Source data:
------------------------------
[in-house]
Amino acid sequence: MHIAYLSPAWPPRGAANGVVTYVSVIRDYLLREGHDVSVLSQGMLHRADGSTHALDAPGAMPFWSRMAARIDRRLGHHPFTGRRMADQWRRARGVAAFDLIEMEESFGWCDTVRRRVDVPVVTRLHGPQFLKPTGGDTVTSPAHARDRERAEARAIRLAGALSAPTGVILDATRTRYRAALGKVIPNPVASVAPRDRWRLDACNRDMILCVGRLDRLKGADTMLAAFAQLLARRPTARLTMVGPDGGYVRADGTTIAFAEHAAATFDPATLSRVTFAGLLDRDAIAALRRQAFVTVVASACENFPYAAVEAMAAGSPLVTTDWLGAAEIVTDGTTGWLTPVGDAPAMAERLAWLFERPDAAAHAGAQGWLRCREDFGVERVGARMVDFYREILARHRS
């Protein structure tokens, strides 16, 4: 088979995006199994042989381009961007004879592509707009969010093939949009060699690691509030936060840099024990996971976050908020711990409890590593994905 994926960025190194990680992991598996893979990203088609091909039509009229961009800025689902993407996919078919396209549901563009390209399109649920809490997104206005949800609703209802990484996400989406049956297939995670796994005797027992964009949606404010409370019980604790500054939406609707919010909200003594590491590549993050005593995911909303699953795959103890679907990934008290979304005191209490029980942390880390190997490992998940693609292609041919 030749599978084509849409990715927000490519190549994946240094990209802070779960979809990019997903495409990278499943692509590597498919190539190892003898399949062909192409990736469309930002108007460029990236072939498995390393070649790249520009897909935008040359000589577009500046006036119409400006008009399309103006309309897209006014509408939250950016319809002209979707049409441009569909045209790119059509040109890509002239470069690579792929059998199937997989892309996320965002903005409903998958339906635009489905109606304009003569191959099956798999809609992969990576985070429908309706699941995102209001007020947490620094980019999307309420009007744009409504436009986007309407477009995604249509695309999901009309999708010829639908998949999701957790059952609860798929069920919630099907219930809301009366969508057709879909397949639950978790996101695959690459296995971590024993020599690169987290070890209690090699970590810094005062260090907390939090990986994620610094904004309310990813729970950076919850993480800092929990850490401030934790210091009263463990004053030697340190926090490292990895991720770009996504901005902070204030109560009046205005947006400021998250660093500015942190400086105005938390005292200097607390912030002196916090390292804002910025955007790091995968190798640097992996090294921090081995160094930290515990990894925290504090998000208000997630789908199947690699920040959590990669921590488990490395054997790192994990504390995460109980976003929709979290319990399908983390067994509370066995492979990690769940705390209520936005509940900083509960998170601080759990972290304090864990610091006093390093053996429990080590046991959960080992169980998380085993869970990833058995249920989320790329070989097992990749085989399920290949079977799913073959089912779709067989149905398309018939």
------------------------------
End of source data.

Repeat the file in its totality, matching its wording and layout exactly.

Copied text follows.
[in-house]
Amino acid sequence: MHIAYLSPAWPPRGAANGVVTYVSVIRDYLLREGHDVSVLSQGMLHRADGSTHALDAPGAMPFWSRMAARIDRRLGHHPFTGRRMADQWRRARGVAAFDLIEMEESFGWCDTVRRRVDVPVVTRLHGPQFLKPTGGDTVTSPAHARDRERAEARAIRLAGALSAPTGVILDATRTRYRAALGKVIPNPVASVAPRDRWRLDACNRDMILCVGRLDRLKGADTMLAAFAQLLARRPTARLTMVGPDGGYVRADGTTIAFAEHAAATFDPATLSRVTFAGLLDRDAIAALRRQAFVTVVASACENFPYAAVEAMAAGSPLVTTDWLGAAEIVTDGTTGWLTPVGDAPAMAERLAWLFERPDAAAHAGAQGWLRCREDFGVERVGARMVDFYREILARHRS
């Protein structure tokens, strides 16, 4: 088979995006199994042989381009961007004879592509707009969010093939949009060699690691509030936060840099024990996971976050908020711990409890590593994905 994926960025190194990680992991598996893979990203088609091909039509009229961009800025689902993407996919078919396209549901563009390209399109649920809490997104206005949800609703209802990484996400989406049956297939995670796994005797027992964009949606404010409370019980604790500054939406609707919010909200003594590491590549993050005593995911909303699953795959103890679907990934008290979304005191209490029980942390880390190997490992998940693609292609041919 030749599978084509849409990715927000490519190549994946240094990209802070779960979809990019997903495409990278499943692509590597498919190539190892003898399949062909192409990736469309930002108007460029990236072939498995390393070649790249520009897909935008040359000589577009500046006036119409400006008009399309103006309309897209006014509408939250950016319809002209979707049409441009569909045209790119059509040109890509002239470069690579792929059998199937997989892309996320965002903005409903998958339906635009489905109606304009003569191959099956798999809609992969990576985070429908309706699941995102209001007020947490620094980019999307309420009007744009409504436009986007309407477009995604249509695309999901009309999708010829639908998949999701957790059952609860798929069920919630099907219930809301009366969508057709879909397949639950978790996101695959690459296995971590024993020599690169987290070890209690090699970590810094005062260090907390939090990986994620610094904004309310990813729970950076919850993480800092929990850490401030934790210091009263463990004053030697340190926090490292990895991720770009996504901005902070204030109560009046205005947006400021998250660093500015942190400086105005938390005292200097607390912030002196916090390292804002910025955007790091995968190798640097992996090294921090081995160094930290515990990894925290504090998000208000997630789908199947690699920040959590990669921590488990490395054997790192994990504390995460109980976003929709979290319990399908983390067994509370066995492979990690769940705390209520936005509940900083509960998170601080759990972290304090864990610091006093390093053996429990080590046991959960080992169980998380085993869970990833058995249920989320790329070989097992990749085989399920290949079977799913073959089912779709067989149905398309018939």